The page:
JOHN OSLER'S UPBEAT Admin
Every four years Americans have a chance to sit in front of their TVs and watch news of the presidential campaign, month after month after month on bigger and bigger screens. Ugh!
I grew up without television which left our family with a lot of time to sit and stare at each other. We seldom did. We listened to the news as dinner was prepared and then sat down for our meal and discussed what we heard.. I miss those times. After dinner we sat around the radio and listened to music. These were the best times. This is why I prefer to listen to music than to the cacophony of the candidates talking about themselves.
All the candidates could learn something from listening to more jazz and less of the advice from their handlers. What they would hear in their local jazz joint would be a group dedicated to making joyous sounds together. Together they have nothing better to do than to make the group sound the best that it can. Each artist listening to the other and making everyone better. This is productive democracy at work.
JAZZ AND DEMOCRACY
America’s music, jazz reflects the best principles of our political system when it is working. Here are some children’s programs that have been developed to illustrate this truth.
LET FREEDOM SWING
Sandra Day O’Connor, a Republican and retired Supreme Court Justice, and Wynton Marsalis, an avowed Musician, have joined together to create a children’s program called Let Freedom Swing. The program informs the kids about the structure and purpose of our political institutions and how a jazz band relies on the same principles.
Former Justice Sandra Day O’Connor and jazz composer, trumpeter, and educator Wynton Marsalis getting together is something that you would suspect in a functioning democracy and certainly in the jazz world. Their program asks students to think about how do many voices, from different places and different backgrounds, become one? How do you strike a balance between the best interests of an individual and the best interests of the group, in both jazz and democracy?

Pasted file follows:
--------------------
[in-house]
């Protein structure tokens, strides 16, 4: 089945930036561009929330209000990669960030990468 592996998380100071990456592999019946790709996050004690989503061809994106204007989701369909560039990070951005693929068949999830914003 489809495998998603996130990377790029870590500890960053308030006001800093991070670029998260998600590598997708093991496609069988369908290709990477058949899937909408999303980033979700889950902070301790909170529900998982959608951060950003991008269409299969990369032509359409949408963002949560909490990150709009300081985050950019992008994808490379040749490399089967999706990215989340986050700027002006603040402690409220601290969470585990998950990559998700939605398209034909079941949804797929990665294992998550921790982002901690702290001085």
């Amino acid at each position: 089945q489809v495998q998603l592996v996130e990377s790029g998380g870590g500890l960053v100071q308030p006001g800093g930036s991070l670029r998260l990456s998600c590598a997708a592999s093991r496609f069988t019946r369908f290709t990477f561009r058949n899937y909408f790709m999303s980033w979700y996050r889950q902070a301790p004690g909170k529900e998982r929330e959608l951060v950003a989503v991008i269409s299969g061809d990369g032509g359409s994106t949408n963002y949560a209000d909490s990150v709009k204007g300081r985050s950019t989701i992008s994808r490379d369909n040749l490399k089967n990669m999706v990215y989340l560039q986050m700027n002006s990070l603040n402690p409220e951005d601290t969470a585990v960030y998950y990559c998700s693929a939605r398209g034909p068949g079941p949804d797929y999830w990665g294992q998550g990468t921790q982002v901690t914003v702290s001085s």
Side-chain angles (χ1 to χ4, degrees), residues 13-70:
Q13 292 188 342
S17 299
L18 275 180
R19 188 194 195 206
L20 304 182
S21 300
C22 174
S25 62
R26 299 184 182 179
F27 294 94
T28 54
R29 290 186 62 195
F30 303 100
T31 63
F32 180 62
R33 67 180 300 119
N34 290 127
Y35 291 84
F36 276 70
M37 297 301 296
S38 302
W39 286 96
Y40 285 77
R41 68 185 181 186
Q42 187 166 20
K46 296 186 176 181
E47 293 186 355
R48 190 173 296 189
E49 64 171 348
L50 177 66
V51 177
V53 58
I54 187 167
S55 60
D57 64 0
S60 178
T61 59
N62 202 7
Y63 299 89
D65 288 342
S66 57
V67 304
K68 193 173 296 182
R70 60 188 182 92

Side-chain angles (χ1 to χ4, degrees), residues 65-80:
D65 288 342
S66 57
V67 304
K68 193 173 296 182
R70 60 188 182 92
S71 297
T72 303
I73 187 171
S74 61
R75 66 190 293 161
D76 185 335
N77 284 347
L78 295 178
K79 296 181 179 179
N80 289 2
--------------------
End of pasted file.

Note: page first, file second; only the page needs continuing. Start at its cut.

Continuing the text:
Children in the program are asked to see the push and pull between individual rights and, the “greater good” in both democratic society and jazz performance. Activities and discussion questions center on the system of checks and balances in the Constitution, the importance of listening, and the importance of staying involved in society and music.
The Jazz & Democracy Project
This program uses jazz as a metaphor to bring American democracy to life, enrich the study of U.S. History in elementary, middle, and high school, and inspire youth to become active, positive contributors to their community. Students explore the importance of Listening, Critical Thinking, Voice, Choice, Preparation, Participation, Cooperation, Peaceful Negotiation, and America’s Classical Music . . . Jazz!
Kabir Sehgal wrote a book and brought attention to the correlation between jazz and democracy. He believed jazz can help us recapture America s “rightful soul”.
He pointed out that: “Sometimes a jam session includes trading fours, where each member of the band takes four measures to solo. If someone forgets to play his four, there is a flagrant void of sound. If you play one measure extra, you’re not respecting the form. In the 1950s, jazz musicians became the literal embodiment of American democracy. Through one of the largest ever funded cultural projects, premier jazz musicians traveled to places beyond the Iron Curtain, and throughout the Third World in an effort to promulgate ideals of democracy”.
DWIGHT ADAMS IS COMING TO THE DOG
This week the Dirty Dog Jazz Café is presenting one of Detroit’s best, Dwight Adams. Dwight is a powerful force , both musically and physically. He is a sure musician and always brings out the best in his band mates. Dwight is a sought out accompanist as well as being a band leader that attracts equals as accompanists. This week perhaps we should to put the TV remote in the drawer, get in the car and head over to the Dog to witness democracy in action. Feel free to do your own shouting and finger pointing after the band ends a tune.
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